Zaoz Mervarma Tlara
Zaoz Mervarma Tlara translated means "a full brain explodes". It's a folk saying that comes from a story that Garruw will tell those who get a little too full of themselves. It's a little bit like "your face will stick that way" except this one isn't "stop making that face" and more "if you get too full of your own importance and intelligence, bad things will happen."
There are about a million different ways to tell the story, but the basic layout is as follows.
Standard charactersThe Apostate: person whose head explodes (usually shown as enough of a jerk that you want to see them explode). Always arrogant. The Acolyte: slightly naive underling who is waffling over whether or not to follow the Apostate The Teacher: the wise elder who is training both the Acolyte and the Apostate in whatever discipline is related to the Project.
The SettingSomewhere relatively remote, like a mountaintop, or a science lab, or a sentient storm cloud thick enough you can stand on it.
The ProjectUsually chemistry, sometimes physics. Meteorology is a fun variation. It can also be a handicraft in rare occasions.
The KnowledgeWhatever skill it is that is necessary to do the Project, or else know that it is not possible.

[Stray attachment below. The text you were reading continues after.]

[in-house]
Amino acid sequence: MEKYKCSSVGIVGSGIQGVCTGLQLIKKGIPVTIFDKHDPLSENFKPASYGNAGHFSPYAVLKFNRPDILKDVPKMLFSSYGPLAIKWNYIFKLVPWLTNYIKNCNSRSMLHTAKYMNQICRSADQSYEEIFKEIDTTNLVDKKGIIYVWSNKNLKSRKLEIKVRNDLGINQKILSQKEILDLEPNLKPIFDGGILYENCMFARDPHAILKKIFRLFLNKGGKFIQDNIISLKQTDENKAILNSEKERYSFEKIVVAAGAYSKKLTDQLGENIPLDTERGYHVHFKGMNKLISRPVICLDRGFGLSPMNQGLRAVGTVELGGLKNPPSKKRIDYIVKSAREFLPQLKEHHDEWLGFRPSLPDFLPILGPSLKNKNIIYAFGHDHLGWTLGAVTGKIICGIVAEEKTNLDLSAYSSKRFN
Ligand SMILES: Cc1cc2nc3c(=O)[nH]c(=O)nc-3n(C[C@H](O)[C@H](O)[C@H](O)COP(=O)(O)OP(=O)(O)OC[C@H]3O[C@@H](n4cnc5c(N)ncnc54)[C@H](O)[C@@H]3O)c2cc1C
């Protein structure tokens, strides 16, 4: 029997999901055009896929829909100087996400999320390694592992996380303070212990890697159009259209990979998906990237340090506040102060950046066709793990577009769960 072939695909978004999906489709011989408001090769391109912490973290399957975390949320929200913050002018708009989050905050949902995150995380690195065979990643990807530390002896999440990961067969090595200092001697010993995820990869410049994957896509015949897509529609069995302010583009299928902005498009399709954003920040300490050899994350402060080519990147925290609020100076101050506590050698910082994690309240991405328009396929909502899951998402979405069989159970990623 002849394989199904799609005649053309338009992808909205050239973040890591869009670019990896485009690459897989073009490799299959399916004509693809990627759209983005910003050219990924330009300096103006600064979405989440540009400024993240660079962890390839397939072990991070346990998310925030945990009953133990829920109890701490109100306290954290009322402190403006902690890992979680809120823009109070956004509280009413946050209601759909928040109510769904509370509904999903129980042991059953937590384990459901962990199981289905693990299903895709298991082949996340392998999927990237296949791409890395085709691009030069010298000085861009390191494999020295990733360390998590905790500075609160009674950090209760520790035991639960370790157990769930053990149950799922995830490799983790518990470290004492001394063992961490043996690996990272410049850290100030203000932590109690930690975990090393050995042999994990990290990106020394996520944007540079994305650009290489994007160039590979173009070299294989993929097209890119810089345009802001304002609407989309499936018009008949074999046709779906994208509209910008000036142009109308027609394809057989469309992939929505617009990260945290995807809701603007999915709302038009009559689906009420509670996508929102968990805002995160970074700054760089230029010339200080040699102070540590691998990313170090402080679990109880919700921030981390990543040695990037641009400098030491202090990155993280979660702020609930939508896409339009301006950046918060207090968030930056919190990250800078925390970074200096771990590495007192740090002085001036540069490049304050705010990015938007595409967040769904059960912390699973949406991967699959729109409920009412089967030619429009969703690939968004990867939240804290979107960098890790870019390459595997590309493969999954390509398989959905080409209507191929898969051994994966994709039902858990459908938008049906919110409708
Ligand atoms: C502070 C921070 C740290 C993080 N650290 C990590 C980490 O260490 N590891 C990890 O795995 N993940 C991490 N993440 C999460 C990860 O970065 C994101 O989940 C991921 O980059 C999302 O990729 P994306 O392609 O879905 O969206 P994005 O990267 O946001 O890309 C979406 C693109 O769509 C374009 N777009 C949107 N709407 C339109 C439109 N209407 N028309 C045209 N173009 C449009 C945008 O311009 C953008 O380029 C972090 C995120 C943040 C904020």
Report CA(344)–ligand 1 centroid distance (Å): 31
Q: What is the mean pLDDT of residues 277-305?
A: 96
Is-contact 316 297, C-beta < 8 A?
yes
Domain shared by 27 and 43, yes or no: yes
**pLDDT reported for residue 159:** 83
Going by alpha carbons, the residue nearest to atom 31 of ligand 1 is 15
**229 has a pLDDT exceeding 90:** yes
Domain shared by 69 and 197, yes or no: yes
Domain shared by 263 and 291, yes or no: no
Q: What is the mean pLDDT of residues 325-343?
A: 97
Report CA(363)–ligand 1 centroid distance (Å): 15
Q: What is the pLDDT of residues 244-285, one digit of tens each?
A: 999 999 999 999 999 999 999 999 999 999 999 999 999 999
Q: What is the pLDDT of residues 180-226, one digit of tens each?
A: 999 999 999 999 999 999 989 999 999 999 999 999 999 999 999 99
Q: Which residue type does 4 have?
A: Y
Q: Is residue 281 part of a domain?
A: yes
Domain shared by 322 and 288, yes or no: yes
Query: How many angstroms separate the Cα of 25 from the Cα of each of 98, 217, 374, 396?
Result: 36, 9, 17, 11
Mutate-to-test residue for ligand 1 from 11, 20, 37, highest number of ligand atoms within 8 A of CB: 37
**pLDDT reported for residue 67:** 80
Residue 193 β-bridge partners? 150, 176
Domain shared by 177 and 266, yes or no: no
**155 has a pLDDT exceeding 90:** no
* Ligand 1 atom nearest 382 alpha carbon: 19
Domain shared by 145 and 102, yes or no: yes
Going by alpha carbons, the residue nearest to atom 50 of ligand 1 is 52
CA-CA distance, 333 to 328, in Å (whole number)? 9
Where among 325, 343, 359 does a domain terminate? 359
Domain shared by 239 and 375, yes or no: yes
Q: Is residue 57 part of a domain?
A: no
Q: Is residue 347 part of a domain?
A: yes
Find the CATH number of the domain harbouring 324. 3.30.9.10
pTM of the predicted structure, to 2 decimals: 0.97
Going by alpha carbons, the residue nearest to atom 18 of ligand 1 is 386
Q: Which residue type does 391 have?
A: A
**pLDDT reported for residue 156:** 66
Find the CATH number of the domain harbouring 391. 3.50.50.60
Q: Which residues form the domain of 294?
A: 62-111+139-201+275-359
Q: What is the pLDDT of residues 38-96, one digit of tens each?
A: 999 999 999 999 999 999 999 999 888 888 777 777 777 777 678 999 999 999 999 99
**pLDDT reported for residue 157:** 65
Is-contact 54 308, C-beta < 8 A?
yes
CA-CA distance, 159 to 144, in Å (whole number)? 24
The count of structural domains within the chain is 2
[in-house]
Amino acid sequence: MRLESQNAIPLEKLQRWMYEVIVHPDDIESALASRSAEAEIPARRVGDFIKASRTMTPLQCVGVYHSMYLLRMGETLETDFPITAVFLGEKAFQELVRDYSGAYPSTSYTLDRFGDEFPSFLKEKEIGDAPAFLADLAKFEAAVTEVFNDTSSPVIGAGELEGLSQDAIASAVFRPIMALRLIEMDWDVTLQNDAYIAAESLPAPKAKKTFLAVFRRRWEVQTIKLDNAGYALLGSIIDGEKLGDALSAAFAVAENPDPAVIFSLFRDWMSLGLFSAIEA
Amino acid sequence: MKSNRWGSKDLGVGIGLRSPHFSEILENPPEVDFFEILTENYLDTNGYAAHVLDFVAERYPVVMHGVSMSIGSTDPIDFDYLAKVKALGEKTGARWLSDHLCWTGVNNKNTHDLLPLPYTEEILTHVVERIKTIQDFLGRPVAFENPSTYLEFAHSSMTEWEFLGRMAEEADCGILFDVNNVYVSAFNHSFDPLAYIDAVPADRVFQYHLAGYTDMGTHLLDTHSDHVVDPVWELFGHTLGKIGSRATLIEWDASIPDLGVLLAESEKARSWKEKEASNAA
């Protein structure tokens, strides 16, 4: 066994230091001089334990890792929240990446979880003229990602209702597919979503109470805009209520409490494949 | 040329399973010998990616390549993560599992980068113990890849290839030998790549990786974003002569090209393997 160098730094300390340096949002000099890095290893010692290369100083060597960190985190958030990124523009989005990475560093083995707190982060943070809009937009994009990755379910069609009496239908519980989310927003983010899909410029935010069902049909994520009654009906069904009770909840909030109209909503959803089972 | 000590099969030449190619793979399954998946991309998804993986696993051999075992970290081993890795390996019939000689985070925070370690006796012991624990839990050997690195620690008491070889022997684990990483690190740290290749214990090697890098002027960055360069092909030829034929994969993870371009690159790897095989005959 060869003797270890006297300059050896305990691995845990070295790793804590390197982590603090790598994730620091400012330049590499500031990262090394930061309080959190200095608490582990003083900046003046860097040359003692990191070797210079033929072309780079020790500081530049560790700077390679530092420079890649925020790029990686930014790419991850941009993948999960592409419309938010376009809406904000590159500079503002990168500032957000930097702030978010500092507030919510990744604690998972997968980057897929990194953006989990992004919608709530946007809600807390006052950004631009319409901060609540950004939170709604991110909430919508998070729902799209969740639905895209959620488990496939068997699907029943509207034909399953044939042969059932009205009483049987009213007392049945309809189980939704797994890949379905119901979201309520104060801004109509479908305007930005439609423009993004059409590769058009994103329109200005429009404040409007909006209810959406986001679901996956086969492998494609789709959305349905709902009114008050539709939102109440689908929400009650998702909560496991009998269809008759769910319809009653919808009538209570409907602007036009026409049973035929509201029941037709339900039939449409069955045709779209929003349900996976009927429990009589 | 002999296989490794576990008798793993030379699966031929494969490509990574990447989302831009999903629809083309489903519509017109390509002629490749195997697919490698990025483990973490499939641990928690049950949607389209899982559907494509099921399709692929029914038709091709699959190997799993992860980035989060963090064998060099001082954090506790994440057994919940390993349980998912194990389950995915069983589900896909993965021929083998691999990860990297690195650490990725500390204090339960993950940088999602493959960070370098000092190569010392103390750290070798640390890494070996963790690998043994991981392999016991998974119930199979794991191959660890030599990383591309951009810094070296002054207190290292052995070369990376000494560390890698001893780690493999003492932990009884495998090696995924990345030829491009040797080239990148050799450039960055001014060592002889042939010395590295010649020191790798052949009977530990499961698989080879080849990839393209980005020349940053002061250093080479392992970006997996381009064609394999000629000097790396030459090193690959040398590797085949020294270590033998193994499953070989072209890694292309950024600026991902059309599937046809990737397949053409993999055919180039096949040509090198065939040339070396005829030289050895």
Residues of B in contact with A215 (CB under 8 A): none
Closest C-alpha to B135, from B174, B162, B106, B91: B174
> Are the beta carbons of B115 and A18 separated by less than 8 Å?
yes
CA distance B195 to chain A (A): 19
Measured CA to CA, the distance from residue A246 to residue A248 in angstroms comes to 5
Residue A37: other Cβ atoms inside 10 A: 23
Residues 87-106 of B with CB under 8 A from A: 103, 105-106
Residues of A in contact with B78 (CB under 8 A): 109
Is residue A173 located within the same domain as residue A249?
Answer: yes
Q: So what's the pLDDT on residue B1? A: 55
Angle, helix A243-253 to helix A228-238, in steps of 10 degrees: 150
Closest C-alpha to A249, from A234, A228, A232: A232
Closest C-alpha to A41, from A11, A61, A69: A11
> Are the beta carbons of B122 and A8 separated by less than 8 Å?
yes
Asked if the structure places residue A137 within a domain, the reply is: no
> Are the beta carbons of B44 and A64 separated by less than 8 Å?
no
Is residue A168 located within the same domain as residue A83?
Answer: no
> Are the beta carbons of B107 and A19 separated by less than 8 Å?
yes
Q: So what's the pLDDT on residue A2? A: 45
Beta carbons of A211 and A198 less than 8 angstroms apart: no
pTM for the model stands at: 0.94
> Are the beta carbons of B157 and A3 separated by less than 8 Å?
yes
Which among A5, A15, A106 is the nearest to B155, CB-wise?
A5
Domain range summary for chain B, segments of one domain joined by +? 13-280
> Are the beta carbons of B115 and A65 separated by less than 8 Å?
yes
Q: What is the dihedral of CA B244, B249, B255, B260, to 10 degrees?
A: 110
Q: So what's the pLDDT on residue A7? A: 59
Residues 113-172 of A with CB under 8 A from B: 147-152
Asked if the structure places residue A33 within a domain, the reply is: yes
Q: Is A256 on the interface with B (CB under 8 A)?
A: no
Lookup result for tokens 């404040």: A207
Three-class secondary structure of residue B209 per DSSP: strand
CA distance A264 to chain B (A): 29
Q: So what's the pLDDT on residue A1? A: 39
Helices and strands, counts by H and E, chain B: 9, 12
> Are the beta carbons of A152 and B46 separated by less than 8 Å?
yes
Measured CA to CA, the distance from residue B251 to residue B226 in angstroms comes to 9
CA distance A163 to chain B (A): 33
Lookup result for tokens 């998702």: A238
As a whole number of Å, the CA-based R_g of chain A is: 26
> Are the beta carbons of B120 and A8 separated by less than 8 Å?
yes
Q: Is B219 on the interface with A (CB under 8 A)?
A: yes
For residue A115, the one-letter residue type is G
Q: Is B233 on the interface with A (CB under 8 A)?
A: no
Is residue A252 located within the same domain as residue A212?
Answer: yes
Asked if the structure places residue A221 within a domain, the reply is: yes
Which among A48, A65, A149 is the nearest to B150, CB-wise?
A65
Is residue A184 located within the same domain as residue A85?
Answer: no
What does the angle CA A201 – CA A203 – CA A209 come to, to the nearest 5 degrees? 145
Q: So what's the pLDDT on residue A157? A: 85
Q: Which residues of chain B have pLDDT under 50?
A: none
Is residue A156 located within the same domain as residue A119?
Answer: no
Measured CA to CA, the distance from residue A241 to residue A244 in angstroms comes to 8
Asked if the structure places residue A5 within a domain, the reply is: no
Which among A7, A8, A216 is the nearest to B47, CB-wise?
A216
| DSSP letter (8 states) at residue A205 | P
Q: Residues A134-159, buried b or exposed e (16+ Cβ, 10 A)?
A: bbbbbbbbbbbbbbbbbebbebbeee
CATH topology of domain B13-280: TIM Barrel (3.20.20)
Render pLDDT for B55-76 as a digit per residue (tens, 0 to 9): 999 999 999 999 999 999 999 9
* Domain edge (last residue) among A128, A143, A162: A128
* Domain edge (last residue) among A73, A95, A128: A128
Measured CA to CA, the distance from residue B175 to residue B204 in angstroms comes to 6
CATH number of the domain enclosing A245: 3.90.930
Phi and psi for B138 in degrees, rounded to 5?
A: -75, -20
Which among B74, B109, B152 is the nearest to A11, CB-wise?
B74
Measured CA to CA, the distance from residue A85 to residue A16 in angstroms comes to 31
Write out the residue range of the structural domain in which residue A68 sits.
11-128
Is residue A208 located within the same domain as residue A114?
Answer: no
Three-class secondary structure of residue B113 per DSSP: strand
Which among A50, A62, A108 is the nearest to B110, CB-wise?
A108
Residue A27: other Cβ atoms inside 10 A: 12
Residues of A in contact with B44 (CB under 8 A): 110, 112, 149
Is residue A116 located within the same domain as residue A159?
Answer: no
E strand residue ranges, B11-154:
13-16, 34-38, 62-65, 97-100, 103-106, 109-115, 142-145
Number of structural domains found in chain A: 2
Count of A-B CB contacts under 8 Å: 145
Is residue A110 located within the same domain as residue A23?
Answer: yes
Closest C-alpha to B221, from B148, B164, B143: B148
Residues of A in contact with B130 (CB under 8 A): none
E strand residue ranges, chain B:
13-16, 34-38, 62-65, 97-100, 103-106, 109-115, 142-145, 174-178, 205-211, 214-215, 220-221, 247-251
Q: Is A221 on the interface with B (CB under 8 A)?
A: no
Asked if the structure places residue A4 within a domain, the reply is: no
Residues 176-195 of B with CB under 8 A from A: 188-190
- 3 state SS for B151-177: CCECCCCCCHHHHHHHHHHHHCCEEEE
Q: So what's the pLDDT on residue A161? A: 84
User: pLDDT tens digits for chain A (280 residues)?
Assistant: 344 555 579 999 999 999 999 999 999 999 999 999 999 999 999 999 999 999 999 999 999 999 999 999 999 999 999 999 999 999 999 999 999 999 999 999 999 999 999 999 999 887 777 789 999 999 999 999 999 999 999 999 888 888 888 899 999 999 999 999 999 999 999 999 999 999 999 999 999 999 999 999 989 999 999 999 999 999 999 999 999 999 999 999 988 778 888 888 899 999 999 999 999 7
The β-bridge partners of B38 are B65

The StoryThe Apostate is a disruptive fool, attempting to persuade the Acolyte to try something dangerous. The Teacher tries to talk them out of it, can't, and decides to take both students out to the Setting. There, the Apostate continues their belligerence, and sets up to complete whatever the Project is, while the Teacher prepares whatever the correct way is to do it. The Apostate sets off the Project, and somehow it goes perfectly and works. This is a fun point for little children, because retellings will usually make it simple enough that they know that things shouldn't work this way and they'll call it out, often quite loudly. The Teacher also uses their own method, which also works. The Acolyte watches both, and sides with the Teacher because they achieved their task and did it without being loud and rude. As they watch, the Apostate's experiment begins leaking Knowledge, which metaphorically might be energy or poison or else something toxic, but can be presented as literal intelligence. The Apostate refuses to correct things, and then their head explodes.
There is absolutely no evidence that a Garruw's head has exploded from knowing too much about something. It is probable that the story started when some fool attempted an experiment that ended in explosion, and it was probably their whole body, not just the head, and started as a cautionary tale to not attempt dangerous science. Then a parent trying to talk their child out of doing something stupid modified the tale to have a more directed focus against foolish behavior. Now it's something that all parents tell their children at some point or another, and that adults will tell to each other to get a laugh.
This is one of the most commonly known old wives tales. There are many variations, such as the names of the people involved, or where, or what caused the explosion. It's been retold so many times that most people are a little sick of seeing it pop up in literature.
The phrase "zaoz mervarma tlara" shows up as a common cliche in written works. Characters will say it when warning someone else not to be arrogant about something.